Toolbox: Important Changes To Paid Family Medical Leave

Several important updates to the Massachusetts Paid Family and Medical Leave law (“PFML”) go into effect on Jan. 1, 2023. 


Beginning in 2021, the PFML began providing paid family and medical leave benefits to current and, if applicable, former employees of Massachusetts employers. The PFML applies to all Massachusetts employers, regardless of size, and provides employees with leave to address their own serious health condition, to care for a family member with a serious condition, to bond with a new child, to manage needs related to a military deployment, or to care for a family member with a serious health condition who is a member of the Armed Forces. Employers are responsible for sending payroll contributions to the Department of Family and Medical Leave (“Department”), and when an employee qualifies for leave, benefits are paid to the employee by the state. Benefits are determined based on a percentage of an employee’s wages, up to a cap set by the Department. Generally, PFML follows the same eligibility criteria as the unemployment insurance program in Massachusetts.  

Of note, though similar to the federal Family and Medical Leave Act (“FMLA”) which was passed in 1993, the PFML is much more expansive. Prior to the passage of the PFML, many smaller Massachusetts employers did not have to consider statutory family and medical leave because the FMLA only applies to employers with more than 50 employees.  Moreover, employees only become eligible for FMLA once they have worked for a covered employer for at least 12 months, and for at least 1,250 hours.  With the passage of PFML, employers of all sizes must be aware of their obligations under the law.  

Revised PFML Contribution Rates

The PFML contribution rates are set annually. Beginning in 2023, maximum weekly benefits increase from $1,084.31 to $1,129.82 per week, while contribution rates will actually decrease. For employers with 25 or more covered individuals, the employer contribution rate will be lowered from 0.68 percent to 0.63 percent of eligible employee wages (composed of 0.52 percent for medical leave and 0.11 percent for family leave). Meanwhile, the contribution rate for employers with fewer than 25 covered individuals will decrease from 0.344 percent to 0.318 percent (composed of 0.208 percent for medical leave and 0.11 percent for family leave). Importantly, for these smaller employers, contributions can be made entirely by the employee.

It is crucial that employers ensure that their payroll systems reflect the revised contribution rates. Employers are also required by law to notify all current employees of the changes in the contribution rates by Dec. 2, 2022 (30 days before Jan. 1, 2023), and all new employees within 30 days of their hire. All notices may be provided in hard copy or electronic form. Model notices and posters can be found at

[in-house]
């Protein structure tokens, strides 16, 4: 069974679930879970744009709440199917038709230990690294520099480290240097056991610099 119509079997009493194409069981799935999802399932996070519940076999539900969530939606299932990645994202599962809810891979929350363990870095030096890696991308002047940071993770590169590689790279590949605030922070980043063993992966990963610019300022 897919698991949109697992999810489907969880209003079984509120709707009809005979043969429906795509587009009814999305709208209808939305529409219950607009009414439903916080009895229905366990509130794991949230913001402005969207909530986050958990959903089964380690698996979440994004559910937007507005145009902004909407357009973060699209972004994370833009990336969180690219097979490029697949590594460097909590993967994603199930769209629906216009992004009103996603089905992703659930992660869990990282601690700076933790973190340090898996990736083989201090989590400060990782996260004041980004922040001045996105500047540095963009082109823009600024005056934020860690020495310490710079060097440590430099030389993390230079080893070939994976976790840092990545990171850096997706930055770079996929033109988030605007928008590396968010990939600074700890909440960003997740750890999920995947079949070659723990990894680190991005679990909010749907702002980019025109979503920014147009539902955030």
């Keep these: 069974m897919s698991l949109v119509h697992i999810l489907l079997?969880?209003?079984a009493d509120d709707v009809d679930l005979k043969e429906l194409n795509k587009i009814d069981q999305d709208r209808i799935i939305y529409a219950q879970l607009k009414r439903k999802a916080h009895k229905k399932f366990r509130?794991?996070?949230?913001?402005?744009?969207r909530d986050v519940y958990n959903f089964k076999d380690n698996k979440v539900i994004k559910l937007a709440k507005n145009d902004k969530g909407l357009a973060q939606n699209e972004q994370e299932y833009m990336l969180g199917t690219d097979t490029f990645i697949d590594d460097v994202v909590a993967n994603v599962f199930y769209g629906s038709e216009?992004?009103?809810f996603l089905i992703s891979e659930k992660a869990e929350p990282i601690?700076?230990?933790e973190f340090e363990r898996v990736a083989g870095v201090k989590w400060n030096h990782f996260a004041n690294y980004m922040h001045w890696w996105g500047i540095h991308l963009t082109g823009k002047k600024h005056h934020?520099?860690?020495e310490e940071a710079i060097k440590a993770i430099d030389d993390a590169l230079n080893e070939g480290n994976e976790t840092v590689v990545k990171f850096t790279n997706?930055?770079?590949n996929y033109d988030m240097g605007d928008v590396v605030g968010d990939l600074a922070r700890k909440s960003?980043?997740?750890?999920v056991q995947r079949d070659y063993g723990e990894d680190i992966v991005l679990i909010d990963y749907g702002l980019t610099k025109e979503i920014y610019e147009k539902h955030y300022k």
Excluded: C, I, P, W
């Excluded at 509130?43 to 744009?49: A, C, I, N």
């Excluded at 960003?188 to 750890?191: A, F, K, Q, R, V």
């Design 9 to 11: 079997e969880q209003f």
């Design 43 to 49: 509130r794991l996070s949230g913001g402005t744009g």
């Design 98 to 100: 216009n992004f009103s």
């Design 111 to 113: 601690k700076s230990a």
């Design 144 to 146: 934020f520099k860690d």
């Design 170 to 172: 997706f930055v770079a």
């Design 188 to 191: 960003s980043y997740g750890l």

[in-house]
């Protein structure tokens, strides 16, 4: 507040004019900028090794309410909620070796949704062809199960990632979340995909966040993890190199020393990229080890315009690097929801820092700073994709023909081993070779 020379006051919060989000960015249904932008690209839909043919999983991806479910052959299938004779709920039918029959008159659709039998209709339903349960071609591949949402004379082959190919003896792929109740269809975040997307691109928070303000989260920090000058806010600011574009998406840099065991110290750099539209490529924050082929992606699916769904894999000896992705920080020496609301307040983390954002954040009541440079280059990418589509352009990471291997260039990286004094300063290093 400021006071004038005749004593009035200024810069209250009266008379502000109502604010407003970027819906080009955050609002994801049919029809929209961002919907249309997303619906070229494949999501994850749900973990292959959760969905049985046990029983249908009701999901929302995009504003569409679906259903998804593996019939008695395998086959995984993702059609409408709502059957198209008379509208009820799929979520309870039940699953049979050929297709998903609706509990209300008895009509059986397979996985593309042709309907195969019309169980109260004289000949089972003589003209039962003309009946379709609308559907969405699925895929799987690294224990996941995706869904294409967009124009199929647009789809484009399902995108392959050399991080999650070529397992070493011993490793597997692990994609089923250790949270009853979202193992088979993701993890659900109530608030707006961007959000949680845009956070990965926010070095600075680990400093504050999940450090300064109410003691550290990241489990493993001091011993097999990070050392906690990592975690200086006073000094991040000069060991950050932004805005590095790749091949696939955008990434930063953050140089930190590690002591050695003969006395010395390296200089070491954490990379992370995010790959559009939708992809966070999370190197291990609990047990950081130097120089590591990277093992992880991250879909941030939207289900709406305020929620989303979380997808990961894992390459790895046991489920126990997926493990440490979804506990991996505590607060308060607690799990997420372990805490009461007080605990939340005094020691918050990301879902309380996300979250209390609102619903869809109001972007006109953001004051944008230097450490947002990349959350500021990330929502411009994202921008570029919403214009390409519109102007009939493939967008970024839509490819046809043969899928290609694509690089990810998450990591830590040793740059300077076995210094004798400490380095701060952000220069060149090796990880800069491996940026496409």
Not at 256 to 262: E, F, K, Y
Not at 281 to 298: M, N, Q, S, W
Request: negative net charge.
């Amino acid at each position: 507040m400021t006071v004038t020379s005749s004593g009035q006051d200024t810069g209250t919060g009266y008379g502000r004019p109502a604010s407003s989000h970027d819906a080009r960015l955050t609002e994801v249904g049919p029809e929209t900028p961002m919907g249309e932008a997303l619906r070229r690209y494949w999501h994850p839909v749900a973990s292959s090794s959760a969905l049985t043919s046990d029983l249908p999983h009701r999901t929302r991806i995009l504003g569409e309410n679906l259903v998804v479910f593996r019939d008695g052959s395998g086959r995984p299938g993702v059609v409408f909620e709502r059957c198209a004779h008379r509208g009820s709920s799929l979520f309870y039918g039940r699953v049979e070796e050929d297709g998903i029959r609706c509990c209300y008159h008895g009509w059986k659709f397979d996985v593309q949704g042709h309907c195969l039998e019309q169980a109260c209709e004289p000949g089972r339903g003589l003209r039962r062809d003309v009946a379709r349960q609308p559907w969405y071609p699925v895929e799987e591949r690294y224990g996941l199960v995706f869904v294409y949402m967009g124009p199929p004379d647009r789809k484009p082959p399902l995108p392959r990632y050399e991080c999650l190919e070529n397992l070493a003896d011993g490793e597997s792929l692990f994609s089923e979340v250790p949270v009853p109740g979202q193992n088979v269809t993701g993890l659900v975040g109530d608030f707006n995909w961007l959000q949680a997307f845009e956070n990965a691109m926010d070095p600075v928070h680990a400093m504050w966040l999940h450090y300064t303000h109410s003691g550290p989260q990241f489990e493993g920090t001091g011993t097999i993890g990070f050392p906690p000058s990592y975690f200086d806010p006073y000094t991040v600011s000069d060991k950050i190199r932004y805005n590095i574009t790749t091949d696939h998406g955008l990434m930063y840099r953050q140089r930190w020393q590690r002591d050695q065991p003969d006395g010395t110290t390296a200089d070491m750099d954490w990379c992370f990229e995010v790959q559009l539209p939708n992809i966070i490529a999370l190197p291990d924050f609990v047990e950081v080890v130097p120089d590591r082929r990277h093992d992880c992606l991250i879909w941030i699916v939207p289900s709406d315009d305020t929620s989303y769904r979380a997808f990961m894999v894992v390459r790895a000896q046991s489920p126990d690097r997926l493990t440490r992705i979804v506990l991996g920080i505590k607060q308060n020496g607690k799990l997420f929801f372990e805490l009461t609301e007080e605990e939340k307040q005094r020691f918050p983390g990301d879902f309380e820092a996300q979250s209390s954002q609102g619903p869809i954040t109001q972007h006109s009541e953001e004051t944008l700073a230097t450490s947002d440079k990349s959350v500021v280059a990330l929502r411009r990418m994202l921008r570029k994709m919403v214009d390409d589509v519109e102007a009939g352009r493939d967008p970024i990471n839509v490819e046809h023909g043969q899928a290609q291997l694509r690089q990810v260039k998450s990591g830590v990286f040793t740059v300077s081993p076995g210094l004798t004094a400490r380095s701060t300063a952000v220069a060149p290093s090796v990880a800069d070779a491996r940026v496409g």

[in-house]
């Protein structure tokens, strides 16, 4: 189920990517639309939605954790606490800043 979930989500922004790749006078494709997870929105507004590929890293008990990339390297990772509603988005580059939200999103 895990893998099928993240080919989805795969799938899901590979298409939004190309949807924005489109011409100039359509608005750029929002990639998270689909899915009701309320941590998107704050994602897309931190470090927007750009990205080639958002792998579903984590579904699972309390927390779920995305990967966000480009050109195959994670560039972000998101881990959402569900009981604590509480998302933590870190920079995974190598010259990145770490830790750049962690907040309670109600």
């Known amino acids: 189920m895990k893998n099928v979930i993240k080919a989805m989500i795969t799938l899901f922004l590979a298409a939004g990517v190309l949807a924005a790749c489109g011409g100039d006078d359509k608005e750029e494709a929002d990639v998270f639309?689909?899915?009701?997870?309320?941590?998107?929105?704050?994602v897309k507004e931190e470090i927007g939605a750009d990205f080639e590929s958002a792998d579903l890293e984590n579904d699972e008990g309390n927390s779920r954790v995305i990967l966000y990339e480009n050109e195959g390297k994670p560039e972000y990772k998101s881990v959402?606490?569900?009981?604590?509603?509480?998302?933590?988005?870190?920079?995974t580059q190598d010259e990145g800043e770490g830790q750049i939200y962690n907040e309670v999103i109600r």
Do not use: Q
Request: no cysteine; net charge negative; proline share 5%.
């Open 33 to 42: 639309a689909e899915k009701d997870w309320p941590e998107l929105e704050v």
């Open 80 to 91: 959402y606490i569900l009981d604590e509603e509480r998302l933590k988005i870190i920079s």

Proposed Changes to the PFML

Governor Baker recently vetoed proposed changes to the PFML that would have allowed employees to “top off” their PFML benefits with accrued paid leave (such as vacation, sick, or other types of leave). The House of Representatives voted to override the veto, but the Senate did not. As a result, the changes have not gone into effect. However, employers should be mindful that the legislature may take this up again once the new session starts in January 2023. 

Further, the Department scheduled a public hearing for Dec. 7, 2022 to discuss proposed amendments to the PFML regulations that would clarify and detail employers’ statutory obligations to maintain health insurance benefits for employees during a PFML leave period. 


The current regulation requires that employers “shall continue to provide for and contribute to the employee’s employment-related health insurance benefits, if any, at the level and under the conditions that coverage would have been provided if the employee had continued working continuously for the duration of such leave.”  The proposed amendment adds a requirement that an employer “continue to provide for, contribute to, or otherwise maintain” the benefits, and goes on to provide examples of ways in which employers could “otherwise maintain” an employee’s health benefits.  

Importantly, the proposed amendment clarifies that employers will not be required to provide for, contribute to, or otherwise maintain health insurance benefits for employees who [1] do not receive or are not eligible for such benefits at the time their family or medical leave begins, [2] resign during leave, or [3] are former employees when their leave begins. For example, if an employee resigns before or during the leave period, an employer is not required to maintain health benefits.

As always, employers are advised to work with their employment counsel to ensure that they are up-to-date on the new and proposed changes to the PFML.


Kathleen R. O’Toole and Brendan P. Kelley  are attorneys at the Boston law firm of Conn Kavanaugh Rosenthal Peisch & Ford LLP.  Feel free to send questions to or

This column, which may be considered advertising under the ethical rules of certain jurisdictions, is intended as a general discussion of the topics covered, and does not constitute the rendering of legal advice or other professional advice by Conn Kavanaugh Rosenthal Peisch & Ford LLP or its attorneys.